The Braves dealt for a slugger and a couple of relievers this week, and as kind of an afterthought, they went 4-2 on the field. Heading into August, that’s barely what they need to keep pace with the Mets and Phillies. The Astros initially presented no challenge to the Braves’ offense, but a few hiccups on Thursday night let the Astros salvage game three of the series. The Rockies came in and blasted them on Friday before a couple of solid wins over the weekend. Let’s look at some stats.
This Week’s Stats
Scores and FanGraphs game summaries:
Stats for the week alone:
Best plays of the week:
A lot of this week’s best plays are necessarily going to come from Thursday’s extra-inning nightmare, since there were more crucial situations in that game than in the rest of the week’s games combined. The other games were equally important, but do realize that long extra-inning games are going to have that effect on WPA.
- Matt Diaz homered off Brad Lidge, driving in himself and Corky Miller and tying Thursday’s game at 11 in the 12th inning (+.472).
- Chipper Jones hit a 2-run homer off Aaron Cook, turning a 2-1 deficit into a 3-2 lead in the fifth inning of yesterday’s game (+.289).
- Yunel Escobar hit a walk-off single off Taylor Buchholz, driving in Jeff Francoeur and winning yesterday’s game (+.288).
- Willie Harris hit a 2-run triple off Woody Williams in the fifth inning of Thursday’s game, giving the Braves a 7-5 lead (+.235).
- Mark Teixeira hit a 2-run homer off Woody Williams to tie Thursday’s game at 5 in the fifth inning (+.217).
The offense lifted off at Turner Field this week, with the exception of Friday’s loss to Colorado, and it’s a good thing. The starting pitching hasn’t been good, and Tim Hudson is probably the only starter the Braves can absolutely count on for decent work. Hudson provided the Braves’ only quality start this week by my revised definition of that metric: 6+ IP and a positive WPA. It’s quite similar to the actual QS criteria, but I like using WPA instead of < 3 ER. It’s still arbitrary, but it’s a decent baseline and certainly a goal for every start.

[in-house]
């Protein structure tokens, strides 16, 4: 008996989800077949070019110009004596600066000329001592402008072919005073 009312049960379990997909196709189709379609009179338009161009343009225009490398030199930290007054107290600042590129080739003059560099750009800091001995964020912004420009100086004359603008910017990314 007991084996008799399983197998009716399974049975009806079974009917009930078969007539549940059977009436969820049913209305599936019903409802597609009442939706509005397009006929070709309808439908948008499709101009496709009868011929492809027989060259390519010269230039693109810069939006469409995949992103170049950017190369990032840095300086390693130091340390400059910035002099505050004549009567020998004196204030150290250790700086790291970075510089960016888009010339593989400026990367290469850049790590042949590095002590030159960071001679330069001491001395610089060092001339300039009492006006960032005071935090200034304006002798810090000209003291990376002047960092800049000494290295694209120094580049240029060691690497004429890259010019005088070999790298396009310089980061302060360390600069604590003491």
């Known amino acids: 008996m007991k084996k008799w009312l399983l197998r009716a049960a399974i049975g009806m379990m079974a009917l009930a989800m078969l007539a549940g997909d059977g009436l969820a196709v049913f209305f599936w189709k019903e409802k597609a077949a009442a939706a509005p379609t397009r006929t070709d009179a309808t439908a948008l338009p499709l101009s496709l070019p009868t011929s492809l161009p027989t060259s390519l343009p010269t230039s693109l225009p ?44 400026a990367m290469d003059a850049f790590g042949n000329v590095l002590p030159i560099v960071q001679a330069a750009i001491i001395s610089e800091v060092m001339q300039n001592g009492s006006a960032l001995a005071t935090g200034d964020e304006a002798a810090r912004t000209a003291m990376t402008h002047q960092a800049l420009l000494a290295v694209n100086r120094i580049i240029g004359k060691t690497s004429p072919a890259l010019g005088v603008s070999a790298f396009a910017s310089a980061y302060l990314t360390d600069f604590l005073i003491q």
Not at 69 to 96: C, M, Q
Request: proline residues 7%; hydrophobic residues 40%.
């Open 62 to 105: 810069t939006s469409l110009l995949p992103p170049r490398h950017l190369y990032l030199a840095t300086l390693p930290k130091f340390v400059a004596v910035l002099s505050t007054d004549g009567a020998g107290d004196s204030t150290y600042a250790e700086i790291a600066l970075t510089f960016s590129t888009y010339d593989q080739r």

Unfortunately, Hudson’s Saturday outing was the only “quality start” of the week. Chuck James hit his 5-inning wall twice and gave up four runs in each outing. Carlyle only threw 71 pitches in a 2-run, 5-inning performance, and Smoltz lasted 6 2/3 after an awful first inning, allowing five runs to the Rockies on Friday. Jo-Jo Reyes gave up five runs (four earned) in just 3 innings, and he was demoted to make room
The result of these poor starts: more work for an already-depleted bullpen. Octavio Dotel had thrown just 23 innings for Kansas City, but he was thrown into four games in his first five days, setting an alarming precedent for the rest of the season. I’m firmly convinced that the recent bullpen woes are not the fault of the relief pitchers themselves. With adequate starting pitching, this bullpen could look much better.
Having said all that, it’s hard to be encouraged by the bullpen’s workload this week, even though their performance was quite good. There were 23 total appearances by the relief staff, totaling 26 1/3 innings. Moylan, Yates, Wickman, and now-demoted Ascanio allowed nothing in their 10 1/3 innings. Mahay and Villarreal were fairly good in nine total innings, allowing three runs between them. Soriano and Dotel each gave up a grand slam for 7 earned runs in 7 total innings. I’m seriously starting to wonder if the Braves are starting to do irreparable harm to these players’ arms, although I guess I don’t really have anything other than recent poor performance to back that up.
Back on a more positive note, the offense was outstanding, especially against Houston. Matt Diaz led the way with a couple of homers, a 1.289 OPS, and a +.613 WPA in 22 plate appearances. Andruw Jones’ injury has allowed Diaz to play more this week, and he just keeps on hitting.
Yunel Escobar added another huge hit this week with his walk-off single yesterday. He was 8-for-18, a .950 OPS for the week in 20 PAs, and he is now the overall WPA leader among Braves hitters, as remarkable as it sounds. Fully 2/3 of his positive WPA is based on clutch performance, but he still ranks fifth in WPA/LI and fourth in WPA/LI per plate appearance (counting only the players with a significant number of PAs).